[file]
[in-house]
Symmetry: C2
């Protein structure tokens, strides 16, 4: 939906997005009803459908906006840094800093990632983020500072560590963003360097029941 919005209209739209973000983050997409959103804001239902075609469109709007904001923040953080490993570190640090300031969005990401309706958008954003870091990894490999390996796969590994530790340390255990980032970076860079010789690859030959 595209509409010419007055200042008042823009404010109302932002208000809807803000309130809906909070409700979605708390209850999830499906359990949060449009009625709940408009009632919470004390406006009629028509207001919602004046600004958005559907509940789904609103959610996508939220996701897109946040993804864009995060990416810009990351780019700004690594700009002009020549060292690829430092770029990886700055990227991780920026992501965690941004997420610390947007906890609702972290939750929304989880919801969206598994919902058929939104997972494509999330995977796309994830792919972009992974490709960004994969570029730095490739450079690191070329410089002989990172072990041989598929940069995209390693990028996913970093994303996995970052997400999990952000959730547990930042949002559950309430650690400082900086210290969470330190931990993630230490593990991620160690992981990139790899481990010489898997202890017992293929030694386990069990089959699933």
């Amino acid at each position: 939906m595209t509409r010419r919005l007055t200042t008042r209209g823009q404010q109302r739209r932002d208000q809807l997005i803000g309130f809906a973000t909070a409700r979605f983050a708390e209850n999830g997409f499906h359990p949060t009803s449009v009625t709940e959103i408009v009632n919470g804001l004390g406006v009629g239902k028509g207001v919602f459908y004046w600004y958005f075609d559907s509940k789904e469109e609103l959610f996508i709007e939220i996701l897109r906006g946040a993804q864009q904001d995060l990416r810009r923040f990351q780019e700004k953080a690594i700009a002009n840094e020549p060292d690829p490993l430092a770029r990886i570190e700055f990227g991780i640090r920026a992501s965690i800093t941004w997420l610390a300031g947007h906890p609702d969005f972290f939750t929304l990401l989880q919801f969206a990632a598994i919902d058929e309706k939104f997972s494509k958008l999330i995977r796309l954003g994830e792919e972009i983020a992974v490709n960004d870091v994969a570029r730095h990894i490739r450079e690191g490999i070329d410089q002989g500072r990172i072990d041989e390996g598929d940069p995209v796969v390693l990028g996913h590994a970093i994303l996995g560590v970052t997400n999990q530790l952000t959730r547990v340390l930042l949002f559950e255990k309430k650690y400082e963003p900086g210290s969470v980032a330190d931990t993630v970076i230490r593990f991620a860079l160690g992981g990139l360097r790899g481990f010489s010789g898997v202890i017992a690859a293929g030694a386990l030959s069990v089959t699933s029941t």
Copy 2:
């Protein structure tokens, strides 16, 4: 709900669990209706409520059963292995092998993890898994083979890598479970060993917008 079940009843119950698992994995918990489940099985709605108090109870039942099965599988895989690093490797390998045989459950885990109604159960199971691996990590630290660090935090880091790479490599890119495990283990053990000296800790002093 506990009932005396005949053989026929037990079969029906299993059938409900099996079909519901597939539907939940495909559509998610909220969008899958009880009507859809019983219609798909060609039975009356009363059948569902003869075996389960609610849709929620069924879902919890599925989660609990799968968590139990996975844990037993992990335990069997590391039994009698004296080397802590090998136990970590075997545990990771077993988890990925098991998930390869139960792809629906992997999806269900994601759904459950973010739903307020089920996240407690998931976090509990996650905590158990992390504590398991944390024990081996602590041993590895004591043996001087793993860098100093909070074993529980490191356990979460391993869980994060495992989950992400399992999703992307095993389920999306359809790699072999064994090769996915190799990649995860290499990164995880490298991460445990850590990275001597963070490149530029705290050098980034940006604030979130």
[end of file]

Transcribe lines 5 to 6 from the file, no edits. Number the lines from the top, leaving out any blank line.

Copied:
Copy 2:
């Protein structure tokens, strides 16, 4: 709900669990209706409520059963292995092998993890898994083979890598479970060993917008 079940009843119950698992994995918990489940099985709605108090109870039942099965599988895989690093490797390998045989459950885990109604159960199971691996990590630290660090935090880091790479490599890119495990283990053990000296800790002093 506990009932005396005949053989026929037990079969029906299993059938409900099996079909519901597939539907939940495909559509998610909220969008899958009880009507859809019983219609798909060609039975009356009363059948569902003869075996389960609610849709929620069924879902919890599925989660609990799968968590139990996975844990037993992990335990069997590391039994009698004296080397802590090998136990970590075997545990990771077993988890990925098991998930390869139960792809629906992997999806269900994601759904459950973010739903307020089920996240407690998931976090509990996650905590158990992390504590398991944390024990081996602590041993590895004591043996001087793993860098100093909070074993529980490191356990979460391993869980994060495992989950992400399992999703992307095993389920999306359809790699072999064994090769996915190799990649995860290499990164995880490298991460445990850590990275001597963070490149530029705290050098980034940006604030979130």